June 26 by Jason Smith
It’s been said that the best way to predict the future is to invent it. The digital revolution is helping companies not only see into the future, but it’s giving them the ability to actually shape it. And it’s not just industries known for modernization and innovation, the Oil and Gas industry is experiencing a sea of change because of data and technology.
The Revolution Will Be Digitized
In an industry often built on aging infrastructure and focused on the exploration, capture and refinement of material from the Jurassic Period, the term “digital disruption” doesn’t get highly used at company cocktail parties. But with decades of poor cost management, lack of standardization, aging infrastructure and a natural aversion to risk, the industry has been long ripe for innovation. Operational inefficiencies account for 30% of the industry’s cost structure which creates massive incentive for an industry whose market is measured in trillions.
Three fundamental problems being addressed are maintaining aging assets, managing vendors and complying with the myriad of regulations in various jurisdictions around the globe.
CYA – Covering Your Assets
There are over a million oil and gas wells, compressors and processors in North America. The equipment is essential, but expensive and time-consuming to maintain. Moreover, there has historically been no way to predict downtime, which can be extremely costly. Without data, it’s also impossible to improve operations. Compounding the issue, most of this equipment is in remote areas of the world and highly regulated by governments. The cost, risks and rise of new technologies have created a perfect storm for new and creative ways to address these historical problems.
In the way that the cloud has introduced software as a service, oil and gas vendors are now entertaining concepts like compression-as-a-service to solve issues around maintaining equipment and delivering intelligence to streamline operations. But in order to deliver this, there must be underlying technology in place to support it. Until recently, such technology did not exist.
But now there are IoT (Internet of Things) solutions and microapps for real-time machine event analytics that allow remote monitoring of machine performance and emissions for compliance, and failure prediction to allow proactive incident response before there’s actually an incident. This can save time, money, and sometimes even lives.
Streamlining operations, creating efficiencies, and reducing the overall cost of operations can have huge impacts on the company’s bottom line. Just a one-percent downtime of one compressor package can lead to hundreds of thousands of dollars lost over a traditional 3-year contract.
Supply Chain as an Asset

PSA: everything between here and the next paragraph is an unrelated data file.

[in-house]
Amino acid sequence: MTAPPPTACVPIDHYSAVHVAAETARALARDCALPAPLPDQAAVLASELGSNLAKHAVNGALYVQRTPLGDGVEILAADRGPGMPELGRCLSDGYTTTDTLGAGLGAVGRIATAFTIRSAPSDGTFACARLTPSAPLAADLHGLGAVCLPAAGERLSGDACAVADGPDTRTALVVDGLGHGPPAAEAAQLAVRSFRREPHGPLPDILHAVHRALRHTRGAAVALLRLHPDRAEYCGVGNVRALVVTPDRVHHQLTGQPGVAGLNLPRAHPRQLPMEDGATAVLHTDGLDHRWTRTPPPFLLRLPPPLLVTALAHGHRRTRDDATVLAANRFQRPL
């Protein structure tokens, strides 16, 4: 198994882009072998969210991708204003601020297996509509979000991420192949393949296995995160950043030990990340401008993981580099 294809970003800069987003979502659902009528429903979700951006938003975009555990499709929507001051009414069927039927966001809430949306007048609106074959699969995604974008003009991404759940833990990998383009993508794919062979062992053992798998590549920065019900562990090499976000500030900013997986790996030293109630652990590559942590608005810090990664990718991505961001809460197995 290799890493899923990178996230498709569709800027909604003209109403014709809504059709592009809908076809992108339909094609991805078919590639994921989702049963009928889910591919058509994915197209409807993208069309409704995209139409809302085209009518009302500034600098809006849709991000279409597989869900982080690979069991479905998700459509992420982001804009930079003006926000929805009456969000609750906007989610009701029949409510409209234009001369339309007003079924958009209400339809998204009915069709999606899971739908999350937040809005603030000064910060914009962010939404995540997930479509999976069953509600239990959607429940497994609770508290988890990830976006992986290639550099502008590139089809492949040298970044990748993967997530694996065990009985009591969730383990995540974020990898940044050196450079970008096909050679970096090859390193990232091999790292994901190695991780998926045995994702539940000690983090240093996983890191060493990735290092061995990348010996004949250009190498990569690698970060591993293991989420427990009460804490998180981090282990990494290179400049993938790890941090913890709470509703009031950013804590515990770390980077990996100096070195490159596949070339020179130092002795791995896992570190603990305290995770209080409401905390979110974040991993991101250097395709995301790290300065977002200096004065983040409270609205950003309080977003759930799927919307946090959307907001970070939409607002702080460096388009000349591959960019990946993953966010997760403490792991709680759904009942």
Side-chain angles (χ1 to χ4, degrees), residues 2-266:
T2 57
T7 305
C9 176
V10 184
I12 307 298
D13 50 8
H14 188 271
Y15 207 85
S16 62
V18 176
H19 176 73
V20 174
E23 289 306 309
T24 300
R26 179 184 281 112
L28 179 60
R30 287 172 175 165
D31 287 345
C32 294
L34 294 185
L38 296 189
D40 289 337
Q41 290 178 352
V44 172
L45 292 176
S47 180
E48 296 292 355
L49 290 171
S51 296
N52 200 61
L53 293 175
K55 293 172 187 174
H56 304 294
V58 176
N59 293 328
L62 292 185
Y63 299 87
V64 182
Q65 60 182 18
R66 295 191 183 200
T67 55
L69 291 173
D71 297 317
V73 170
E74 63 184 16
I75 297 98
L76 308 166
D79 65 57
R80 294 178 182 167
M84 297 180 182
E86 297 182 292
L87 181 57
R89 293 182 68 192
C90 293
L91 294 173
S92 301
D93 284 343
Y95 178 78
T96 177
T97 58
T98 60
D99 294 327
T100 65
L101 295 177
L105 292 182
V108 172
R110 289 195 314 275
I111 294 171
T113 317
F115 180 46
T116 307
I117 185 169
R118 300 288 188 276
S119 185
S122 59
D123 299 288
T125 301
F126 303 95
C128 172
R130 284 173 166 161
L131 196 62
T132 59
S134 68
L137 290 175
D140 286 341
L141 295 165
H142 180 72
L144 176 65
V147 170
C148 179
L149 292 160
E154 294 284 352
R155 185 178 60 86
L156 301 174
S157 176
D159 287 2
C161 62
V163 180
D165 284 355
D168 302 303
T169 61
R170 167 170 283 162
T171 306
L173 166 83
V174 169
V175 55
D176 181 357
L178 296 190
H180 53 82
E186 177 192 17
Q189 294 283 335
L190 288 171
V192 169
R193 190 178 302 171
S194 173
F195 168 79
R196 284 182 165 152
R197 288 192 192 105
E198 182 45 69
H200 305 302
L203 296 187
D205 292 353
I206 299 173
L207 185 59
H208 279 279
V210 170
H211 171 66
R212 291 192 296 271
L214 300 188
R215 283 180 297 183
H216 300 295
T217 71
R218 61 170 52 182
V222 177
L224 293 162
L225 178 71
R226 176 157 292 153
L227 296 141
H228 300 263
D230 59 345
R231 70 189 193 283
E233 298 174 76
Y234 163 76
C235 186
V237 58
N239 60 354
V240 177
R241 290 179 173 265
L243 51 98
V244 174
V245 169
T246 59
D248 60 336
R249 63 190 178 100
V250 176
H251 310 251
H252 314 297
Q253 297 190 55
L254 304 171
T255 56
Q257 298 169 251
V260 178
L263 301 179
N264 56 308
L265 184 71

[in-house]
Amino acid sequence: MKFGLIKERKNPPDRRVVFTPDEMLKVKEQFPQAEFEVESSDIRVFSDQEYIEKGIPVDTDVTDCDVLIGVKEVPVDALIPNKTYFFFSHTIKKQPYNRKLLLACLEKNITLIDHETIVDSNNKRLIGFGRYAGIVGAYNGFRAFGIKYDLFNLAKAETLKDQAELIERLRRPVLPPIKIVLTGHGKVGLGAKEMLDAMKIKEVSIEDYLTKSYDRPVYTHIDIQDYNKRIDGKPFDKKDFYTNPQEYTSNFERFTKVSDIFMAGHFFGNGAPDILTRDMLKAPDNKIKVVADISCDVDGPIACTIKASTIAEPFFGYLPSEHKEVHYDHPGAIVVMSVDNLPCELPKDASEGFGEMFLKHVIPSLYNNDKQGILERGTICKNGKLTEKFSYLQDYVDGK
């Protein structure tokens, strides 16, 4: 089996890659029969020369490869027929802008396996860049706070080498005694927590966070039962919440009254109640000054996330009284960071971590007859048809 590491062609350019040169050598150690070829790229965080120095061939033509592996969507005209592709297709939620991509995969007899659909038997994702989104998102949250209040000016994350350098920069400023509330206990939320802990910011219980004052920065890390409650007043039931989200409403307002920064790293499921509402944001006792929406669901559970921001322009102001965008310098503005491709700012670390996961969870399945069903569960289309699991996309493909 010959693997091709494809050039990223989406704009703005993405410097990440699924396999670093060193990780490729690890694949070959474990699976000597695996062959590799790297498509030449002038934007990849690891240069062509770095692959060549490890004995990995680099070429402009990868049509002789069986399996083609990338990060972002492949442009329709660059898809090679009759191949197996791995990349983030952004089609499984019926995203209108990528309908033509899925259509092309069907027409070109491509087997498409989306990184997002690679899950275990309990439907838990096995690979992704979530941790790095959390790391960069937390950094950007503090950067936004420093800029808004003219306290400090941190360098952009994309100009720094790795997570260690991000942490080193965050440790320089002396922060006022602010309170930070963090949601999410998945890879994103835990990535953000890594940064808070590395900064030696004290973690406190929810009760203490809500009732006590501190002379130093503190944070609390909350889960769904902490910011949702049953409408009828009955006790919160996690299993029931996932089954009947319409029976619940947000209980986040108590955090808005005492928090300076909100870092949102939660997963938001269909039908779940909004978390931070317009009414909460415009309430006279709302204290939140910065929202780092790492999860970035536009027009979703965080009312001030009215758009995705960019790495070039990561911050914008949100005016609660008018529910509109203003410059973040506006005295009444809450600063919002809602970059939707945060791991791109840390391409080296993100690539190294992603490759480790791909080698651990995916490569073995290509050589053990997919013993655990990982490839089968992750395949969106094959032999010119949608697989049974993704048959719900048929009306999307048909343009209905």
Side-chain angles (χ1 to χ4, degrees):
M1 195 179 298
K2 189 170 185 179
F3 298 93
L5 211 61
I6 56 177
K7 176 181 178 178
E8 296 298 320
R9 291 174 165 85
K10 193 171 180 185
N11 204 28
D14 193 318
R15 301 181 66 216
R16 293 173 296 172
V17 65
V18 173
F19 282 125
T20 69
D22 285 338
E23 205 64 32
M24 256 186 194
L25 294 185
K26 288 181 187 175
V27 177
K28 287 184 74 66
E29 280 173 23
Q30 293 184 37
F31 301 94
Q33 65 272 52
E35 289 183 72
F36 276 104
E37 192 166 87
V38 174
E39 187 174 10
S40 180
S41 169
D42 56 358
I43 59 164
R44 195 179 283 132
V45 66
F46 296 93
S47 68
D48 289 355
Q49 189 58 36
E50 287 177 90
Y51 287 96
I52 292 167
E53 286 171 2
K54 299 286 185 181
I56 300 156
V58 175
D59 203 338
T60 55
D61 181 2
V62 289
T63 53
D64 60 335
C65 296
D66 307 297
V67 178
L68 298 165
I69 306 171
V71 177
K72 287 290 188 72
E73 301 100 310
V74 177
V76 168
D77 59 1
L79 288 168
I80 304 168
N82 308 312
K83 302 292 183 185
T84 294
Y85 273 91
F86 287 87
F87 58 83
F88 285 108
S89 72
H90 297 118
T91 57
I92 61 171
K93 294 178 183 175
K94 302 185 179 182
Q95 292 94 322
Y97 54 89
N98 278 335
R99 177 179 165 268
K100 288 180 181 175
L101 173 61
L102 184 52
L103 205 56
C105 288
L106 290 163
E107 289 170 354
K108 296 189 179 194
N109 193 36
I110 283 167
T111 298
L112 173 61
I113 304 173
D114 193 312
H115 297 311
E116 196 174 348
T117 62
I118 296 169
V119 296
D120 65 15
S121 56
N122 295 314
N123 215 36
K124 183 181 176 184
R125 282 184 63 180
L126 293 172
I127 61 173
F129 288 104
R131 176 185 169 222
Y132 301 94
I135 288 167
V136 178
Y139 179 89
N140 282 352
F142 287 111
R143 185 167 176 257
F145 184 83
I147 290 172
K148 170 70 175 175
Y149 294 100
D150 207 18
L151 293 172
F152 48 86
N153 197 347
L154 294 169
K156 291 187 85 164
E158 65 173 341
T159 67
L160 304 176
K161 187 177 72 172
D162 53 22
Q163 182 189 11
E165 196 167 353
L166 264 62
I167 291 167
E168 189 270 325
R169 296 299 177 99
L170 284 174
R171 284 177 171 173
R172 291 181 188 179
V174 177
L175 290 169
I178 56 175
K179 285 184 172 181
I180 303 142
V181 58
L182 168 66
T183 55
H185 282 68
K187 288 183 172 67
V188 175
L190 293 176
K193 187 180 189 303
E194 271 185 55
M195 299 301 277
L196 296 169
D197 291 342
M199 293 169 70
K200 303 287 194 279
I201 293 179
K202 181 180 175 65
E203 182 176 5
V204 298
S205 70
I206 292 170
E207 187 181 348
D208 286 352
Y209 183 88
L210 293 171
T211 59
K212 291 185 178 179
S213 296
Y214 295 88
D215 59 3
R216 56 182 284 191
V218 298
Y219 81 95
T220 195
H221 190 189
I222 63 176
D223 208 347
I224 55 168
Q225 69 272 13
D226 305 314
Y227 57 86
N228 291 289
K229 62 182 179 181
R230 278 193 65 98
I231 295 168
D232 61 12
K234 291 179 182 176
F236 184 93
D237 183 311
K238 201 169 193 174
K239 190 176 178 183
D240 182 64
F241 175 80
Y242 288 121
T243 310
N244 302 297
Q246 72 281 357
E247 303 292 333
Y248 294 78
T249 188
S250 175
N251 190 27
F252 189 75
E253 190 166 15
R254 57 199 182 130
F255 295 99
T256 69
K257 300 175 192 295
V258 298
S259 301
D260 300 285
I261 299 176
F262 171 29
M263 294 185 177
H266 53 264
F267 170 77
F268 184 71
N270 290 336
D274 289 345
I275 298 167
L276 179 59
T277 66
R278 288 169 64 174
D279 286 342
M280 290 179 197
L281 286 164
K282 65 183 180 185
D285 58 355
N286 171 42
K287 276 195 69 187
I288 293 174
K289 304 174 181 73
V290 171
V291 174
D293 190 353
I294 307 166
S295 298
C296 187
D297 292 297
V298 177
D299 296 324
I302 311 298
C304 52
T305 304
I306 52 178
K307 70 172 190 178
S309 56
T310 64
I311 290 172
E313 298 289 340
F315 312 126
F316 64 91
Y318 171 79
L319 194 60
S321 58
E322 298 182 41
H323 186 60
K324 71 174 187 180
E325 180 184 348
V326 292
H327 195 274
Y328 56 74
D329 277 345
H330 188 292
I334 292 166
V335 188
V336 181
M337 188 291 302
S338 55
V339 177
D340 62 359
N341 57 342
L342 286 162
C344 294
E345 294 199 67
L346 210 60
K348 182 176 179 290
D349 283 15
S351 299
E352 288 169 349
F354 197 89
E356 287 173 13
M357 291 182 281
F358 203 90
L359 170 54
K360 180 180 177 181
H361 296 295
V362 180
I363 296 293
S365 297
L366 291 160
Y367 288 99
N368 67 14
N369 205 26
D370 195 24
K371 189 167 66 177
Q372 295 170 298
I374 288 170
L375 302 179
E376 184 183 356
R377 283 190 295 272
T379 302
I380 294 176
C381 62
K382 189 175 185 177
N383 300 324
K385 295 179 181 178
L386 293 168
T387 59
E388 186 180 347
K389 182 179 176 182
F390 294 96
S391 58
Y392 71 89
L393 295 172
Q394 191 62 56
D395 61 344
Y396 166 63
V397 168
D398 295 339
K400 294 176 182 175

Another issue facing oil and gas companies, whether upstream, midstream or downstream, is the ability to properly manage the vast network of service companies involved in the supply chain. It’s often costly and complicated to track all of the contractors and sub-contractors to ensure compliance, verify billing rates and hours, and process payments.
But leveraging solutions like Apttus, some companies have managed to modernize these tasks and save millions of dollars annually. Having a contract lifecycle management (CLM) system built on the same infrastructure as the contact relationship management (CRM) system enables easy access to vendor and customer details and seamless flow of accurate information through the life of contract negotiations, and even into the post-execution management of the deal. Adding mobile accessibility simplifies the process by providing all of the necessary information to the right people in the right place at the right time, regardless of whether they’re in a big city office, in the middle of the ocean on a platform or deep in a jungle at an exploration site.
Improving vendor management can significantly reduce costs while simultaneously improving accuracy of invoices. Providing a self-serve portal also gives the vendor the feeling of being in control of the process while enforcing compliance like automatic rate verification (against the rate in the CRM), real-time onboarding status and payment tracking for the company. Having accurate invoices and payments also reduces costly, time-consuming audits that can add strain to the business relationship. One Apttus client found savings of $1.77 million annually as a result.
Inventing the Future
Are you collecting data in such a way that you can utilize it? Are your relationships with vendors and partners uniform and are you leveraging them in an appropriate manner? While many companies are leveraging IoT and Artificial Intelligence (AI) to monitor and predict asset performance and maintenance needs to reduce down-time, it is equally important to leverage these innovations to the commercial relationship and processes as well. Beyond asset maintenance, AI can also be used to identify and guide users regarding the best price to charge to win the business, forecast the amount of time it will take to get a given contract executed, identify key fields in a document and extract the data therein, etc. to drive improvement in the Middle Office commercial processes. Using AI in these areas can drive top-line revenue growth as well as bottom line profitability.
In a world dominated by geopolitical uncertainty, natural disasters and innovation, Apttus and Hitachi can deliver a full set of solutions that leverage AI to bring these capabilities to your business on a single platform to help move your organization to an AI-driven digital business, protecting your assets, your supply chain relationships and your bottom line. Let us help you invent your future.
In Houston on July 10, 2018? Join Energy Transfer Partners, Apttus and Hitachi Solutions for a meet and greet, then stay to watch the Houston Astros take on the Oakland Athletics. For details and to register to attend, click here.